signaling unix threads

Dan Kegel dank at
Mon Nov 8 00:14:40 CST 2004

Mike Hearn wrote:
 > I quite liked Michaels idea of the RT signals. Is there some reason we
 > can't use them?

I didn't see Michael's proposal.  Can you point to it?

Now, I don't pretend to understand the issues here, but reading your patch,
I see the comment
      * ... there is a race with SuspendThread(): the app
      * can call SuspendThread() then GetThreadContext() whilst the
      * target is processing SIGUSR1 but before it's been able to
      * override the thread context, ie the context returned would be
      * meaningless to the app (internals of Wine itself).
I understand similar races are present in real Windows, too.
e.g. says
"[with SuspendThread,] there’s a significant risk of leaving a
thread suspended at a “bad” spot.  If you call SuspendThread
while a thread is inside the OS heap lock, you better not try
to allocate or free from that same heap.  In a similar fashion,
if you call SuspendThread while a thread holds the OS loader lock
(e.g. while the thread is executing inside DllMain) then you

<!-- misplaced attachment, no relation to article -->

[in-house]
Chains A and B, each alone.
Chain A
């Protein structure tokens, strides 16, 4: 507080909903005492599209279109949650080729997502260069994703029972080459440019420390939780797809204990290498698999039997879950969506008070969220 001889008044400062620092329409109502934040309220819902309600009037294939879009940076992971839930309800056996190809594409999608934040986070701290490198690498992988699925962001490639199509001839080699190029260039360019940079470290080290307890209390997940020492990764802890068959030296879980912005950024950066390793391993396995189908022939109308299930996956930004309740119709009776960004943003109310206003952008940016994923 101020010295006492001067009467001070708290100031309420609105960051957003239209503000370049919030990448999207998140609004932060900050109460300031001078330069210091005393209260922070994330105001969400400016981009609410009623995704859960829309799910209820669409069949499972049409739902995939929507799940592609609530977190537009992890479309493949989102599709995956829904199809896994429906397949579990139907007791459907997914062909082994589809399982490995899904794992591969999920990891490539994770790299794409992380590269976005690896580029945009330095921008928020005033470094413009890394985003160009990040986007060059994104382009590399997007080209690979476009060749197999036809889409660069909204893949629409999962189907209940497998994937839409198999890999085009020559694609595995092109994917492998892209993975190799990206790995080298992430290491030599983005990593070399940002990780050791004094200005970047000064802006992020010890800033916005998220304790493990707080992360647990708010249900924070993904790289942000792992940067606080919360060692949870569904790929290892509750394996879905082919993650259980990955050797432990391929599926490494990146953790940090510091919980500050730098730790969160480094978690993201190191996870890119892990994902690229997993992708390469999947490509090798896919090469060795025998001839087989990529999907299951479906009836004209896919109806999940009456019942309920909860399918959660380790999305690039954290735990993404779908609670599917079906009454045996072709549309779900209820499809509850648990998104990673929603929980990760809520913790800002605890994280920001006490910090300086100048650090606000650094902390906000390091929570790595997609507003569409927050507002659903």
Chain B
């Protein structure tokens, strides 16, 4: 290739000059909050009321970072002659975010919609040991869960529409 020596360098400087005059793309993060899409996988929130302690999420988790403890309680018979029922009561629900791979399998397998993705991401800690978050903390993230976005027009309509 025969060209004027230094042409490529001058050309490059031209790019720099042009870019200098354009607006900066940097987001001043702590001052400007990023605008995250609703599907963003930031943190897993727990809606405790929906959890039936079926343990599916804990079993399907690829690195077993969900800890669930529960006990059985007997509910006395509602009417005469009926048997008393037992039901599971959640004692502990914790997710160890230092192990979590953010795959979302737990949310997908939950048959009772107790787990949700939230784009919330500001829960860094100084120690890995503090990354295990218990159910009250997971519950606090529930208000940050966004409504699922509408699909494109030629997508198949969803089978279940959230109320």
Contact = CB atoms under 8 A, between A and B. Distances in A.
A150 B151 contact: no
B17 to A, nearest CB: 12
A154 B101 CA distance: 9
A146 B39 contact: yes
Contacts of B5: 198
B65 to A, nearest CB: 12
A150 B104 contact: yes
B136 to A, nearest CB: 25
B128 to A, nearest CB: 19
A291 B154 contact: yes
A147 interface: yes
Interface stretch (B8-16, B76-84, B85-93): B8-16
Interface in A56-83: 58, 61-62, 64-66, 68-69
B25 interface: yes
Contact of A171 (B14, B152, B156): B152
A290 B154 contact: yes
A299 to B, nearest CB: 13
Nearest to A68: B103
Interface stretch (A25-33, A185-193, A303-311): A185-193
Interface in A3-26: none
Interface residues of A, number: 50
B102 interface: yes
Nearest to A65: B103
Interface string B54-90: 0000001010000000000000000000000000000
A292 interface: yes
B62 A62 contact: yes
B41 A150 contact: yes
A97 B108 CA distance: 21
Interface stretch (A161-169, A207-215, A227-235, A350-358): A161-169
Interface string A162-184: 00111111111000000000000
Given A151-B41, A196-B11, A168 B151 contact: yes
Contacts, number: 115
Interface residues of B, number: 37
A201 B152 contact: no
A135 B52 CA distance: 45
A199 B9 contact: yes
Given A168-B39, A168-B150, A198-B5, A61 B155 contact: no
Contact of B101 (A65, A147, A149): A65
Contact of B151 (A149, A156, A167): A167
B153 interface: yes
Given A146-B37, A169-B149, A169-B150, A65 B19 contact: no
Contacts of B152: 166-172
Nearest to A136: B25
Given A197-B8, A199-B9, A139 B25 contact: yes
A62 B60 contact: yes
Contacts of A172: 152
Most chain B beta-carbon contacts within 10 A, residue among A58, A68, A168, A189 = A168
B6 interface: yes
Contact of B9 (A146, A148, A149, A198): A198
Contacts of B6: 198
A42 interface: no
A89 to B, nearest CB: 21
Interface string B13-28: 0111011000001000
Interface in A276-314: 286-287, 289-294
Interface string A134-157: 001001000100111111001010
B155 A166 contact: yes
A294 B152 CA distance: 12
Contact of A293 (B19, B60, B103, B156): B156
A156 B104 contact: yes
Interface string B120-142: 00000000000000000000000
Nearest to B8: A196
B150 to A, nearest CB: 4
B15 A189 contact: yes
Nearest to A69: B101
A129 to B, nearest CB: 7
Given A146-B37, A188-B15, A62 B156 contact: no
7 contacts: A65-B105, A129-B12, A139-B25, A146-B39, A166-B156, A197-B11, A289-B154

better not call LoadLibrary, GetProcAddress, GetModuleHandle,
or any of the other OS services that require that same lock.
Even worse, if you call SuspendThread on a thread that is in
the middle of exception dispatching inside the kernel, a
subsequent GetThreadContext or SetThreadContext can actually
produce a blend of the register state at the point of the
suspension and the register state that was captured when
the exception was triggered.  If we attempt to modify a
thread’s context (perhaps bashing the EIP – on X86 – to
redirect the thread’s execution to somewhere it will
synchronize with the GC or other managed suspension),
our update to EIP might quietly get lost."

I guess we just need to have races no worse than in Windows :-)

About RT signals -
I would tread carefully here.  RT signals are a precious resource.
The queue is not very deep, and it's *per system* on Linux IIRC.
When I used RT signals for I/O, they overflowed the queue all the time --
and if any program in the system is doing that, it affects your
program, since the queue is shared.
- Dan

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